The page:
What Protests in Bahrain Are Really About
Joost Hiltermann writes in the New York Review of Books blog about his recent trip to Bahrain:
Talking to dozens of people both in Manama and in smaller communities outside the capital, I was told again and again that the situation was becoming worse, not better: police forces have been using large quantities of tear gas against protesters, repeatedly causing deaths; police brutality had not ended but moved from police stations to alleyways and undeclared detention centers; young activists are increasingly resorting to Molotov cocktails, subverting the peaceful nature of the protests; and the government has not opened any dialogue with the opposition or offered hope for political reform.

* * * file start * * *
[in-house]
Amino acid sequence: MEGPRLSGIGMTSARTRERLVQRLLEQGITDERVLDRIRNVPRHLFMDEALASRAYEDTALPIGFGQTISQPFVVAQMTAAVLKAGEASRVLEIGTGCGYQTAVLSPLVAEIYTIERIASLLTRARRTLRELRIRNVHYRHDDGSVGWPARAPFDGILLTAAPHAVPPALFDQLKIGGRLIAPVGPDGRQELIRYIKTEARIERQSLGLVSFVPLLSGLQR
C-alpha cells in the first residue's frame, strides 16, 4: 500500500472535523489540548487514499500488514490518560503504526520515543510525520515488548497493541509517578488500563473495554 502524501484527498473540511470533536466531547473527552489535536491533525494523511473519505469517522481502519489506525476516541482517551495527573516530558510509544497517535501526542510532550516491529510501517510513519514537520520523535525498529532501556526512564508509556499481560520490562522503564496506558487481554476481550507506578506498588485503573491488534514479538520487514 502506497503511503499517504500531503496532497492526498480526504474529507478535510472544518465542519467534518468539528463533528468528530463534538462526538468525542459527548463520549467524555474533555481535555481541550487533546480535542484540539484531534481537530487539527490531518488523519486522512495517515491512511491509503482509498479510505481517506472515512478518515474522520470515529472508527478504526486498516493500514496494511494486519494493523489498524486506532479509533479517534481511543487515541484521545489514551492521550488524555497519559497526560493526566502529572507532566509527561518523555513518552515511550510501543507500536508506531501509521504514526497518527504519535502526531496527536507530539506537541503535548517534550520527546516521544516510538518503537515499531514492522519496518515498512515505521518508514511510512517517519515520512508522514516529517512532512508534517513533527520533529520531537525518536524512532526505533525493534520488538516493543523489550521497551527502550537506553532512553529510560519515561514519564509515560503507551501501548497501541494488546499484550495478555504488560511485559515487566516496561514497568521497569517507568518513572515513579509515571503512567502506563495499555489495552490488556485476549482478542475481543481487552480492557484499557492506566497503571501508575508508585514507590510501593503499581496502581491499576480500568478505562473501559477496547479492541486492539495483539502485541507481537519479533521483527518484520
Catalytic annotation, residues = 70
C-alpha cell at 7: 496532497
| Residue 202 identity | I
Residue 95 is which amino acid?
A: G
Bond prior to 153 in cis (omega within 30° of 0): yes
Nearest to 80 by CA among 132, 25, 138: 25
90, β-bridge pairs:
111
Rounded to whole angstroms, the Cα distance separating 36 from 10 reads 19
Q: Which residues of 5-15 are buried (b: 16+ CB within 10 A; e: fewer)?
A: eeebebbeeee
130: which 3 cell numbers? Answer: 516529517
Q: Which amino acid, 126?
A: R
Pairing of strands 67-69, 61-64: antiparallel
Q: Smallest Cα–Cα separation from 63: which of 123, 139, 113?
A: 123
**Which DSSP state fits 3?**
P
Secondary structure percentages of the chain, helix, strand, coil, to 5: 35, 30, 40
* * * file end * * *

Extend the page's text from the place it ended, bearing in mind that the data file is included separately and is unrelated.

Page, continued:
Hiltermann explains how this narrative of sectarianism and of an encroaching Iran on the Shiite protesters is not a reality on the ground, although it is peddled by the regime which is desperate to conceal the fact that the protest movement in Bahrain really is about reforming a corrupt dictatorship. And of course there is the added benefit of trying to convince the U.S. that any harm to the regime will be a benefit to the ultimate bogeyman, Iran.
Meanwhile, the regime has promised enough messing around. After a year of killing and beating and torturing and repressing the population, they are apparently preparing for an even harsher crackdown. But you can bet support from Washington will continue.